The vineyards of the Barbaresco wine region in Piedmont, Italy. ©Kevin Day / Tanager Photography
The vineyards of the Barbaresco wine region in Piedmont, Italy. ©Kevin Day / Tanager Photography

Restoring My Faith in Barbaresco with Mario Giribaldi

5 min read

I was there for merely an afternoon, but on a hazy day in October a few years back, I fell for Barbaresco — the town, its wine and the potential zaniness that can happen at its enoteca.

©Kevin Day / 2007 Gigi Bianco Barbaresco "Ovello"
2007 Gigi Bianco Barbaresco “Ovello.” ©Kevin Day / Opening a Bottle

The town itself will never be on the cover of Lonely Planet’s guide to Italy, but it is a lovely little hamlet with modest homes, an elegant church and a tall brick tower that overlooks the Tànaro River. But it was the town’s signature product — a red wine that recalled preserved cherries, leather and a bouquet of roses — that hooked me. At lunch, it was a bottle of 2007 Gigi Bianco Barbaresco (★★★★★) from the celebrated “Ovello” vineyard. At Le Rocche dei Barbari, a family wine room that only sells its wine in town, it was a tasting of the 2003 Barbaresco Riserva called “Alivea” (★★★★★). And after we left town, it was the view from Neive: vineyards in the foreground, a dense blanket of rain clouds in the sky, and the brilliant snowcapped Alps between them.

I may have been into wine before, but now — experiencing the land and culture and drinking its wine all at once — I was really into wine.

In the months after visiting, Barbaresco was on an island: to me it was singular in its aromas and taste. Even separate from Barolo, its more famous neighbor which makes its wine from the same grape, Nebbiolo. Barolo recalled stone and graphite and leather as much as it did fruit and roses, with a significantly bigger punch of power.

Then I Drank Some More

But since then — as I’ve enjoyed many more styles of wine — I’m beginning to see more how similar Barbaresco is to the other great wines of Italy. Rather than each bottle representing potential surprises, they’ve come to represent potential commonalities with namely Barolo and even Chianti Classico and Brunello di Montalcino triggering recollections of leather aromas.

It has been sort of a buzzkill.

2010 Pasquale Pelissero "Bricco San Giuliano" ©Kevin Day / Opening a Bottle
2010 Pasquale Pelissero “Bricco San Giuliano” ©Kevin Day / Opening a Bottle

A recent bottle of 2010 Pasquale Pelissero Barbaresco “Bricco San Giuliano” (★★★ 1/2) further reaffirmed this. It was a beautiful wine, it tasted of Italy, but it lacked depth, complexity and the ability to surprise. If I had it blind, I might not have said it was a Barbaresco.

Another 2010 Barbaresco (which was being sold for $10 at Trader Joe’s) from Rosa dell ‘Ormo (★★★) was pedestrian at best. (In fact, knowing what I know of Barbaresco — its demands for oak-aging and small yields, its limited real estate for vineyards, and the market’s demand for them — I can’t figure how this wine was being sold for so cheap. It seems like it shouldn’t even count as Barbaresco … such is the wine from Trader Joe’s.)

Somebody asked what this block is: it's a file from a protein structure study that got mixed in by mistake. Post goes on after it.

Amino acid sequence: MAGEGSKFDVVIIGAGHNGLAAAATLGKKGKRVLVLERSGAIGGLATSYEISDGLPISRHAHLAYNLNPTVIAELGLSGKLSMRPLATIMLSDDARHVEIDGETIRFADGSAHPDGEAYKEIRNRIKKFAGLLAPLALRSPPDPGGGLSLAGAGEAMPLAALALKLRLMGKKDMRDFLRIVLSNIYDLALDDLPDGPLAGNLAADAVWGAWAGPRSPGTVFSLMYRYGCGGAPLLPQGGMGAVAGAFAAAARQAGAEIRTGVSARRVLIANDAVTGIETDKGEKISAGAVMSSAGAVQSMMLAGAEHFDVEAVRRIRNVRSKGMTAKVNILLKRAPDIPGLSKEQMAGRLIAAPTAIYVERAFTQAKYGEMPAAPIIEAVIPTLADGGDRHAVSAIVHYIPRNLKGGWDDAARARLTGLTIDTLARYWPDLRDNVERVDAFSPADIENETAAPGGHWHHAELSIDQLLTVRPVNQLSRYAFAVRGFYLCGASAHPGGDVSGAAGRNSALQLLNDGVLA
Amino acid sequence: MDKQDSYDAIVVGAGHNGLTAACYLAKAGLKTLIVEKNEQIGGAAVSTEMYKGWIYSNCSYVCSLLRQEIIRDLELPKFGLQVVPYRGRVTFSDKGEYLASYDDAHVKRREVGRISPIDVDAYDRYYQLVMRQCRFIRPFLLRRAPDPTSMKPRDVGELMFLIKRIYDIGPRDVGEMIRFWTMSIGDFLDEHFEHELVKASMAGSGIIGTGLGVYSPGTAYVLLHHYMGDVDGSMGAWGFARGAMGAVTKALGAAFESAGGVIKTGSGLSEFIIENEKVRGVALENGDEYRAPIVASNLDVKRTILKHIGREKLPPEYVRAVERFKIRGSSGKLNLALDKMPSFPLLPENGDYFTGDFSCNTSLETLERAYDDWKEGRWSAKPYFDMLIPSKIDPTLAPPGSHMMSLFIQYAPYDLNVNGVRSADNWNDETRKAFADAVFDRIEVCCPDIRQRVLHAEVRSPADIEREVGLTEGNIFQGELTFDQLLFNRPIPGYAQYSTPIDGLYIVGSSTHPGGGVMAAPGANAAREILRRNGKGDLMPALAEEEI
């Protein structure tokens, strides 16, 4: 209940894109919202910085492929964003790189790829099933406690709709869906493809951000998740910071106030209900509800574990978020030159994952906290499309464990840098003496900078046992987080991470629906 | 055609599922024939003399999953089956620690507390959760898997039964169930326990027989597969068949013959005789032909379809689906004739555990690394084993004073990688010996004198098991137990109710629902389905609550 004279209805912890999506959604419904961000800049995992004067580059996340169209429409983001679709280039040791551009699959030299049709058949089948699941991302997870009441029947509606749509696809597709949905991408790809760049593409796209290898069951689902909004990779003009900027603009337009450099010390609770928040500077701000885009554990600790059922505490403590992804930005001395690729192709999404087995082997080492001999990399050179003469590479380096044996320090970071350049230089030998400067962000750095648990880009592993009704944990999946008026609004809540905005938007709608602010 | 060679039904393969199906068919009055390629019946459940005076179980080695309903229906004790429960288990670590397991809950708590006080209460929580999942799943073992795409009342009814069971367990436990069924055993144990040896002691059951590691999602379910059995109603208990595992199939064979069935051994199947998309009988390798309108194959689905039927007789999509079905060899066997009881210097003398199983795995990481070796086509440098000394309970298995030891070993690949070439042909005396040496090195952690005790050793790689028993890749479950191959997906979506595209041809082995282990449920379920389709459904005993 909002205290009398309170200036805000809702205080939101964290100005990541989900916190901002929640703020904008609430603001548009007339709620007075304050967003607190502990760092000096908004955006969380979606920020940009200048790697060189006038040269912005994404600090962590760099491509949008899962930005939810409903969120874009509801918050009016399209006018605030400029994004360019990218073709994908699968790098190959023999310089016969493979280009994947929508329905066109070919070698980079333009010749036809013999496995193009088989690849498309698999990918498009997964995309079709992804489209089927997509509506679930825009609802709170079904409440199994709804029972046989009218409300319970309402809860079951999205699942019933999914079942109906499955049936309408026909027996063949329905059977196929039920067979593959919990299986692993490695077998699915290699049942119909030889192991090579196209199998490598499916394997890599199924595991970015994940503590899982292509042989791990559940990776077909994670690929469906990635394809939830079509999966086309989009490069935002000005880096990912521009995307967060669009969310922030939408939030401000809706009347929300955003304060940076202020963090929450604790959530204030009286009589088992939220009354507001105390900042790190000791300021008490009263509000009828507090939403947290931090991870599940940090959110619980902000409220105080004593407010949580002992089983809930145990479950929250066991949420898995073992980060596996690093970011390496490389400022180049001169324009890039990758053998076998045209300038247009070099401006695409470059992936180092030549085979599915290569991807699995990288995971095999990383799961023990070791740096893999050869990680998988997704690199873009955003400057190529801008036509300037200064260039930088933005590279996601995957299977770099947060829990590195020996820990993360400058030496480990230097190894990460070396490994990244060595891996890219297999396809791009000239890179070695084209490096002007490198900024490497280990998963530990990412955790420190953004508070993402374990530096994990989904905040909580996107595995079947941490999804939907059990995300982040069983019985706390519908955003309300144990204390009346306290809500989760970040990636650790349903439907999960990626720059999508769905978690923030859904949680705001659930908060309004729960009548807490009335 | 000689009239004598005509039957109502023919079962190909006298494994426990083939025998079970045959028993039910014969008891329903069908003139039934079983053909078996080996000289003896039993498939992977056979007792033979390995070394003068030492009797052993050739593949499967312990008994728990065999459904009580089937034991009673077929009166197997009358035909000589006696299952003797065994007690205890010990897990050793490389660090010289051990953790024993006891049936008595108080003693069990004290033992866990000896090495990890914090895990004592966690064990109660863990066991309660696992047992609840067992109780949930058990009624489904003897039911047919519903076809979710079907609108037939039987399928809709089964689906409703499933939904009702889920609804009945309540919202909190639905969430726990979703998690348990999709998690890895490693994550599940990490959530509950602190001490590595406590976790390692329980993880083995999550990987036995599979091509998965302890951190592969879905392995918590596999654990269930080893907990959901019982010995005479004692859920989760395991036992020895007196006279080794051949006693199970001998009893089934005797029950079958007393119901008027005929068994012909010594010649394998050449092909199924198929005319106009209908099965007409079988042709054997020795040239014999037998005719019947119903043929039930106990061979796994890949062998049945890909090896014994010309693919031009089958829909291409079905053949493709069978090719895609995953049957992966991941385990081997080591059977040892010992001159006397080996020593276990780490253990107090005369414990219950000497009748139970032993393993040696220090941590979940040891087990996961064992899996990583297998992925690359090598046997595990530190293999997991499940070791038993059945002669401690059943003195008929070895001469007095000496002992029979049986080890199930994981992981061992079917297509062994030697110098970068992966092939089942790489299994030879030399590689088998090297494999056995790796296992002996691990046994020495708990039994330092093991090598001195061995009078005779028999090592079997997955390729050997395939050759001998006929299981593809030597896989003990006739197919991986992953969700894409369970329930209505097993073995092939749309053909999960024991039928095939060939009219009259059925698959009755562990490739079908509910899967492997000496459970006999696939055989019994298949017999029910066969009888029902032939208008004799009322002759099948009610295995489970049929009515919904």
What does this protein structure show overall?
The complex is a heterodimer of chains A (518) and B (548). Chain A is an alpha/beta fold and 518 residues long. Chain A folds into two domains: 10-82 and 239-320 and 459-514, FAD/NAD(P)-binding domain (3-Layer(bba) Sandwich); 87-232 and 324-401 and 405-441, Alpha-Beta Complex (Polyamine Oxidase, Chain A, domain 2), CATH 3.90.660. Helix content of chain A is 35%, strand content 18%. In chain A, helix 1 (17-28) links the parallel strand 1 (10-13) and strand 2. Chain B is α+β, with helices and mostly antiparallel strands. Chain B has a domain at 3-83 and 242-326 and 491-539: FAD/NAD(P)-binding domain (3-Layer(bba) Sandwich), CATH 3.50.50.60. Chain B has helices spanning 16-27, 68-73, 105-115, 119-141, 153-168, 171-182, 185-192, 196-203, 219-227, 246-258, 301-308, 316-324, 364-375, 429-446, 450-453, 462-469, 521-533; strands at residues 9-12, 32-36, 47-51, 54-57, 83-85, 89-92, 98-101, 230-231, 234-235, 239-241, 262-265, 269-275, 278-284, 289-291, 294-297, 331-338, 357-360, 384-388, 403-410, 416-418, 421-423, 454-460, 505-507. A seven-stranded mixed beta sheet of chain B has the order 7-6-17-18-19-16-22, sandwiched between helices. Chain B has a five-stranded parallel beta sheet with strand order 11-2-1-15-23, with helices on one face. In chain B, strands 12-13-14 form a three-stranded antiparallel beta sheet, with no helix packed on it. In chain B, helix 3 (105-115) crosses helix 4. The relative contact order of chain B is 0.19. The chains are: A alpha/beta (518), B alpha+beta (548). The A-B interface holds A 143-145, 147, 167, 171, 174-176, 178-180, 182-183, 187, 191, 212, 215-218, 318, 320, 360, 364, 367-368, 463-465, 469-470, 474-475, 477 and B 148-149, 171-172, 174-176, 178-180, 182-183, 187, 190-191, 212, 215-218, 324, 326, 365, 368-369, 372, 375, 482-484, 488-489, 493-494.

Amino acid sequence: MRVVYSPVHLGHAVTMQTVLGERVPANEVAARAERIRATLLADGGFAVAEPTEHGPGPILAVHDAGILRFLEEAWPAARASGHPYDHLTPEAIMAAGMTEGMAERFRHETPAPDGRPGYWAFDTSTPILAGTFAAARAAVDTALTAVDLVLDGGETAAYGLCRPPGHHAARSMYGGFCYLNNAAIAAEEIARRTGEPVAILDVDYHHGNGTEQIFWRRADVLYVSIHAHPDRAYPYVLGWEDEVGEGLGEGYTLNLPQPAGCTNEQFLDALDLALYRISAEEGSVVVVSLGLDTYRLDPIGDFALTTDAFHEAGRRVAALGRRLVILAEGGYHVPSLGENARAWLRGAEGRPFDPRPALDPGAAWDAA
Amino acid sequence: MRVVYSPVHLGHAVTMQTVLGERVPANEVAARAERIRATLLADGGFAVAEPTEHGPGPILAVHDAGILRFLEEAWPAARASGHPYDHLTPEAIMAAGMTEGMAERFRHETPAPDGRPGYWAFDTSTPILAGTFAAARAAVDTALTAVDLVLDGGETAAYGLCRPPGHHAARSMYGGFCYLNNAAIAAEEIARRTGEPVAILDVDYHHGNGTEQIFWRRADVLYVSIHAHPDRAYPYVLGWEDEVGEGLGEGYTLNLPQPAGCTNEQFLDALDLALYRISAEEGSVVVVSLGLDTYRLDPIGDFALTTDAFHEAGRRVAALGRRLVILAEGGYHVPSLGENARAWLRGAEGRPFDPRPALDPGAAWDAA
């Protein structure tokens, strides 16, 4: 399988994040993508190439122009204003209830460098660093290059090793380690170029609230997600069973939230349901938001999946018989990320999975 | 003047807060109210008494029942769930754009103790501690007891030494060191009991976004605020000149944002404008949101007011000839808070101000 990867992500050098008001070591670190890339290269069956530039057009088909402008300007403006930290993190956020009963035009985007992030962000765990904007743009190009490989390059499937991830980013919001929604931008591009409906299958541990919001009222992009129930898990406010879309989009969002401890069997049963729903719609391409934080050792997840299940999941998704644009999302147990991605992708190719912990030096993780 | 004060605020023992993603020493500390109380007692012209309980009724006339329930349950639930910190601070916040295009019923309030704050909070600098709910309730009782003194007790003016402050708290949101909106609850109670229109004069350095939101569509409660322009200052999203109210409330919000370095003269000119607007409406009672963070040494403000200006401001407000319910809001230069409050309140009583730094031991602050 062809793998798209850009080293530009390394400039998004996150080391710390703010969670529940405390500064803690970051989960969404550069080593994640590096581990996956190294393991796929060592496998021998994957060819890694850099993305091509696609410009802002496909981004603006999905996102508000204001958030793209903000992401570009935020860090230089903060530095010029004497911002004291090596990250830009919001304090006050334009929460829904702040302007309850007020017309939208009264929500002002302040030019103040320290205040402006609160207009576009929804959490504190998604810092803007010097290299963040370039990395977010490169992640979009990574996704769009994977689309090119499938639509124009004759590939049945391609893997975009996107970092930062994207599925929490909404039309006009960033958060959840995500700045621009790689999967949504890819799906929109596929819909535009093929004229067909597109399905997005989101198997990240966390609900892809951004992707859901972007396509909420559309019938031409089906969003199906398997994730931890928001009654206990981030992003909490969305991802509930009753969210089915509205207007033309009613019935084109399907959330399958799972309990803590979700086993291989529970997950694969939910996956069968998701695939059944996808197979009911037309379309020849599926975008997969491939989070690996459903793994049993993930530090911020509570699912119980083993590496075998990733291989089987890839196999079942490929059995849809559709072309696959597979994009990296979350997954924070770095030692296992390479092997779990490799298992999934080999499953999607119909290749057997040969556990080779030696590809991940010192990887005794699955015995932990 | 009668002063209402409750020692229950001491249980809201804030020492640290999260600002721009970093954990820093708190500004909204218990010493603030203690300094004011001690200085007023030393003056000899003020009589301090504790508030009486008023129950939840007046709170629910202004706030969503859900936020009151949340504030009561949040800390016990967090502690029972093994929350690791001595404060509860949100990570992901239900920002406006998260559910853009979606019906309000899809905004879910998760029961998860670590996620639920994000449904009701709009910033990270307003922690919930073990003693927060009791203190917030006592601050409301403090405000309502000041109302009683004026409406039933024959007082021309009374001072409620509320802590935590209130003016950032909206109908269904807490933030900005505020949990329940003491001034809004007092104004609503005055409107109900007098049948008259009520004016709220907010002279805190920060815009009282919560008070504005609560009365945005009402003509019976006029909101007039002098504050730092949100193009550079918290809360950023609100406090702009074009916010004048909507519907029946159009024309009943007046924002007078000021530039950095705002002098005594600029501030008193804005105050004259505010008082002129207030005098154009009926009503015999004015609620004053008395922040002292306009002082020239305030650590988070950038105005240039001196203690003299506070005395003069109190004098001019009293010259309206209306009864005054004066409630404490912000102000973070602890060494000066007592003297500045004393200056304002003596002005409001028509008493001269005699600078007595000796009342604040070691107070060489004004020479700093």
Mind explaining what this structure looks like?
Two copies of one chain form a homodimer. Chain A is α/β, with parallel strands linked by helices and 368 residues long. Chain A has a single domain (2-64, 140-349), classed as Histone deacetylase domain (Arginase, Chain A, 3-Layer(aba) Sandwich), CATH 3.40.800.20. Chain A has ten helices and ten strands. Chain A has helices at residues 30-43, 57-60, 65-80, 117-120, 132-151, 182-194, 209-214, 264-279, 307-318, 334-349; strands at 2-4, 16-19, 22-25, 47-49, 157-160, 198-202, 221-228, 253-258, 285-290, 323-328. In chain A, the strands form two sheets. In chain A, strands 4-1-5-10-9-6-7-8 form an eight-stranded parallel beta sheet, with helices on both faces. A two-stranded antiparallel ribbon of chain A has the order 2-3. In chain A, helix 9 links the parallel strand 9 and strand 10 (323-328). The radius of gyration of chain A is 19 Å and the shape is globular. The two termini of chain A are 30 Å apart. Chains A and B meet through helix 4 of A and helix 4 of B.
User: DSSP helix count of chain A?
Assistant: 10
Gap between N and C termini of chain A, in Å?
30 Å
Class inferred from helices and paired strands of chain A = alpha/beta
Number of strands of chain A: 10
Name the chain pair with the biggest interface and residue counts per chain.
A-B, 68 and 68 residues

All of this to say, Barbaresco was slipping in standing for me, just a bit, largely because I hadn’t had a thrilling one in a while.

2006 Giribaldi Barbaresco ©Kevin Day / Opening a Bottle
2006 Mario Giribaldi Barbaresco. ©Kevin Day / Opening a Bottle

And then along came this wine: the 2006 Mario Giribaldi Barbaresco. At nine years of age, it seemed to suggest that I had just been drinking Barbaresco too young.

It was on sale at Wine Cellars The Bottle Shop here in my neighborhood, and I was surprised to see such an aged bottle out on the floor (and for under $30). With a fair amount of skepticism, I pulled the cork on it for Father’s Day dinner, and I was in for a surprise.

When Nebbiolo ages, it not only turns a shade of orangish-brown around the edges, but its tannins mellow, revealing characteristics that have been hidden in youth. In the case of the Mario Giribaldi Barbaresco, it was an astonishing blend of aromas that recalled cherries, licorice, orange peel and sesame seed. This last trait I have never encountered in a wine before, but it was clear and unmistakable. More often, aged Nebbiolo wines offer hints of tobacco, truffles, forest floor or walnuts and hazelnuts. But here, it was something totally different; and I really enjoyed it. If we had known, the fra diavolo steak we were grilling would have been marinaded in teriyaki, sesame oil and pineapple juice instead. It would have made a perfect pairing.

After a few hours — and certainly by night two — those thrilling aspects had faded, but we were still left with a deliciously balanced wine. My faith in Barbaresco? Restored, for now.

2006 Mario Giribaldi Barbaresco

2006 Giribaldi BarbarescoBarbaresco, Italy
Grapes: Nebbiolo (100%)
Alcohol: 14%
Rating: ★★★★ 1/2 (out of five)
• Taste & Aromas: ★★★★ 1/2
Food Friendliness: ★★★★
• Value: ★★★★

Tasting notes: A most surprising Barbaresco from a vintage that some (meaning professional tasters) considered excellent. Age appears to have revealed some mysterious notes with this one: there’s the usual aromas of cherry, violets and even licorice, but also orange peel and a woodiness most akin to sesame seed. Evenly balanced, it returns to more traditional Italian form after a couple of hours breathing. Average length on the finish.

Recommended for: Chinese or Hawaiian beef dishes to pick up on that distinct sesame seed note. Or let it breathe for a while, and pair it with more traditional Northern Italian fare like braised meats and mushroom risotto.

Top photo credit: The vineyards of Barbaresco. © Kevin Day / Tanager Photography

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